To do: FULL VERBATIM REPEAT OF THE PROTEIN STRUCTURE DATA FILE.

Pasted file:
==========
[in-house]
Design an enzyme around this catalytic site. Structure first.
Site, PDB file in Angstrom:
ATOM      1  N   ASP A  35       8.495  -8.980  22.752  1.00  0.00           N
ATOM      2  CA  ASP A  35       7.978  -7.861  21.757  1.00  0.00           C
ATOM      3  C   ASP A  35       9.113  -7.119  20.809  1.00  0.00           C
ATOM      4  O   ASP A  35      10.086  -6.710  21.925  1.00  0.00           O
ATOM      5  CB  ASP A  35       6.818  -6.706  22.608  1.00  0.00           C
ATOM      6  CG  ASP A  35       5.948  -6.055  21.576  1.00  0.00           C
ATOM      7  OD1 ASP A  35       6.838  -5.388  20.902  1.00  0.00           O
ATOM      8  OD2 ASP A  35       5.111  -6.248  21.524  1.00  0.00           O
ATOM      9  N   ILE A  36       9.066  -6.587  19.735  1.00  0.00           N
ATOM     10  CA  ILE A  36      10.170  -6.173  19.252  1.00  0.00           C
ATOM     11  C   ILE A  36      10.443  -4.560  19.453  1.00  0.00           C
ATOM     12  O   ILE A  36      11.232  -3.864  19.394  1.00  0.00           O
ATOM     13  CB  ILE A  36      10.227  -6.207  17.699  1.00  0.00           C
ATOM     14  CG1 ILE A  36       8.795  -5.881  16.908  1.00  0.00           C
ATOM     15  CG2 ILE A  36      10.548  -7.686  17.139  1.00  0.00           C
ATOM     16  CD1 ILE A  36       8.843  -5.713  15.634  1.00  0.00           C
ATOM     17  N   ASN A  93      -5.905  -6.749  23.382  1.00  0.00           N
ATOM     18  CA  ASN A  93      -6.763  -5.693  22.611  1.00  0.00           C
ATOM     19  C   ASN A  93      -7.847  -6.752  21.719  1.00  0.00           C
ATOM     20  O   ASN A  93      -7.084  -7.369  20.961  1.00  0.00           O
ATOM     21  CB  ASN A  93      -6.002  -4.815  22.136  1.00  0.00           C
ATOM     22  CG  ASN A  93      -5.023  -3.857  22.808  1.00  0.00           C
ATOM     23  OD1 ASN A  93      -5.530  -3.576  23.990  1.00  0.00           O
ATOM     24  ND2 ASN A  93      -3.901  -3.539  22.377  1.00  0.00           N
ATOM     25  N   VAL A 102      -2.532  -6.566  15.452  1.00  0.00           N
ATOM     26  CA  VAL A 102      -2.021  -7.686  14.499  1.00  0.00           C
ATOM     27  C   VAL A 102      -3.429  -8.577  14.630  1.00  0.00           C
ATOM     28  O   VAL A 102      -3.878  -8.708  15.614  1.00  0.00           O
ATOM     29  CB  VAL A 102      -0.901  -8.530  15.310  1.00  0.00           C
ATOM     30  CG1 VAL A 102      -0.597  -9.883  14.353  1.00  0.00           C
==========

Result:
[in-house]
Design an enzyme around this catalytic site. Structure first.
Site, PDB file in Angstrom:
ATOM      1  N   ASP A  35       8.495  -8.980  22.752  1.00  0.00           N
ATOM      2  CA  ASP A  35       7.978  -7.861  21.757  1.00  0.00           C
ATOM      3  C   ASP A  35       9.113  -7.119  20.809  1.00  0.00           C
ATOM      4  O   ASP A  35      10.086  -6.710  21.925  1.00  0.00           O
ATOM      5  CB  ASP A  35       6.818  -6.706  22.608  1.00  0.00           C
ATOM      6  CG  ASP A  35       5.948  -6.055  21.576  1.00  0.00           C
ATOM      7  OD1 ASP A  35       6.838  -5.388  20.902  1.00  0.00           O
ATOM      8  OD2 ASP A  35       5.111  -6.248  21.524  1.00  0.00           O
ATOM      9  N   ILE A  36       9.066  -6.587  19.735  1.00  0.00           N
ATOM     10  CA  ILE A  36      10.170  -6.173  19.252  1.00  0.00           C
ATOM     11  C   ILE A  36      10.443  -4.560  19.453  1.00  0.00           C
ATOM     12  O   ILE A  36      11.232  -3.864  19.394  1.00  0.00           O
ATOM     13  CB  ILE A  36      10.227  -6.207  17.699  1.00  0.00           C
ATOM     14  CG1 ILE A  36       8.795  -5.881  16.908  1.00  0.00           C
ATOM     15  CG2 ILE A  36      10.548  -7.686  17.139  1.00  0.00           C
ATOM     16  CD1 ILE A  36       8.843  -5.713  15.634  1.00  0.00           C
ATOM     17  N   ASN A  93      -5.905  -6.749  23.382  1.00  0.00           N
ATOM     18  CA  ASN A  93      -6.763  -5.693  22.611  1.00  0.00           C
ATOM     19  C   ASN A  93      -7.847  -6.752  21.719  1.00  0.00           C
ATOM     20  O   ASN A  93      -7.084  -7.369  20.961  1.00  0.00           O
ATOM     21  CB  ASN A  93      -6.002  -4.815  22.136  1.00  0.00           C
ATOM     22  CG  ASN A  93      -5.023  -3.857  22.808  1.00  0.00           C
ATOM     23  OD1 ASN A  93      -5.530  -3.576  23.990  1.00  0.00           O
ATOM     24  ND2 ASN A  93      -3.901  -3.539  22.377  1.00  0.00           N
ATOM     25  N   VAL A 102      -2.532  -6.566  15.452  1.00  0.00           N
ATOM     26  CA  VAL A 102      -2.021  -7.686  14.499  1.00  0.00           C
ATOM     27  C   VAL A 102      -3.429  -8.577  14.630  1.00  0.00           C
ATOM     28  O   VAL A 102      -3.878  -8.708  15.614  1.00  0.00           O
ATOM     29  CB  VAL A 102      -0.901  -8.530  15.310  1.00  0.00           C
ATOM     30  CG1 VAL A 102      -0.597  -9.883  14.353  1.00  0.00           C